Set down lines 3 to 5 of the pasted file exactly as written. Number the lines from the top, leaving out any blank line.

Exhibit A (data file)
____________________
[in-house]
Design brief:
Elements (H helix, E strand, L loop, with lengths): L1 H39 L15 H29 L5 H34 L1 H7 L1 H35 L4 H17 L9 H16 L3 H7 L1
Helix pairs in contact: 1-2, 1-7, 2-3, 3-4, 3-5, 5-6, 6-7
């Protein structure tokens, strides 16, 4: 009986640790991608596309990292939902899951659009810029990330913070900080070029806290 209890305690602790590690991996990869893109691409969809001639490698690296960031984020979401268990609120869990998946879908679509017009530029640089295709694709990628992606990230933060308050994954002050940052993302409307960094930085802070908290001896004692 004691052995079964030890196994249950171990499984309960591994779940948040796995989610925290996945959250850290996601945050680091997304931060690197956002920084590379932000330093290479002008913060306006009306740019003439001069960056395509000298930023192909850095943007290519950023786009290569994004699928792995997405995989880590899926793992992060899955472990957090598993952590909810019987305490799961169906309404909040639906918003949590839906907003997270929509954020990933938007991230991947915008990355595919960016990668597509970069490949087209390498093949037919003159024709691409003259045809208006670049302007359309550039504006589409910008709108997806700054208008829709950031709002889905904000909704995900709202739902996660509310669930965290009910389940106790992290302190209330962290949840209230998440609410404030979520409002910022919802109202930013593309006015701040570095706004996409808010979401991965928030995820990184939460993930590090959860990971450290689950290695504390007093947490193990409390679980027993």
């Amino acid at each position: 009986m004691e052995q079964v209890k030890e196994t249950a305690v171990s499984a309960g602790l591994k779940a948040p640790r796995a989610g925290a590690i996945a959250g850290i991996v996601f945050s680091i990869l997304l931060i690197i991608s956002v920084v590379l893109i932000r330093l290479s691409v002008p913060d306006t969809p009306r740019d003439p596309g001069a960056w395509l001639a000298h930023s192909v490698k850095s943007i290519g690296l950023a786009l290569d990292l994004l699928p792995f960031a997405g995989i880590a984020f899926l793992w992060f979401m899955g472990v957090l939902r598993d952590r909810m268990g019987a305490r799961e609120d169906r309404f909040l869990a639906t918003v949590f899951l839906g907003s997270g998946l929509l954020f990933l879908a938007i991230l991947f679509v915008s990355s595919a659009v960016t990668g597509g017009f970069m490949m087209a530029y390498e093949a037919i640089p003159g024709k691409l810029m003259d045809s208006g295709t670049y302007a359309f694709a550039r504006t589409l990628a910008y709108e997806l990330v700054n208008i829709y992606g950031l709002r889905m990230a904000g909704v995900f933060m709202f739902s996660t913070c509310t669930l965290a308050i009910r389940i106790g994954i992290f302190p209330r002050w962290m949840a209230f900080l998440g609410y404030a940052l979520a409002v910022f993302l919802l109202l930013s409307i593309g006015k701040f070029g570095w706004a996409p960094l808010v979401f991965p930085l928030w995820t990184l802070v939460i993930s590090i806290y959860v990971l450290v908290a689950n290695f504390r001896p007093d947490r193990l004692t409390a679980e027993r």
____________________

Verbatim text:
Elements (H helix, E strand, L loop, with lengths): L1 H39 L15 H29 L5 H34 L1 H7 L1 H35 L4 H17 L9 H16 L3 H7 L1
Helix pairs in contact: 1-2, 1-7, 2-3, 3-4, 3-5, 5-6, 6-7
């Protein structure tokens, strides 16, 4: 009986640790991608596309990292939902899951659009810029990330913070900080070029806290 209890305690602790590690991996990869893109691409969809001639490698690296960031984020979401268990609120869990998946879908679509017009530029640089295709694709990628992606990230933060308050994954002050940052993302409307960094930085802070908290001896004692 004691052995079964030890196994249950171990499984309960591994779940948040796995989610925290996945959250850290996601945050680091997304931060690197956002920084590379932000330093290479002008913060306006009306740019003439001069960056395509000298930023192909850095943007290519950023786009290569994004699928792995997405995989880590899926793992992060899955472990957090598993952590909810019987305490799961169906309404909040639906918003949590839906907003997270929509954020990933938007991230991947915008990355595919960016990668597509970069490949087209390498093949037919003159024709691409003259045809208006670049302007359309550039504006589409910008709108997806700054208008829709950031709002889905904000909704995900709202739902996660509310669930965290009910389940106790992290302190209330962290949840209230998440609410404030979520409002910022919802109202930013593309006015701040570095706004996409808010979401991965928030995820990184939460993930590090959860990971450290689950290695504390007093947490193990409390679980027993």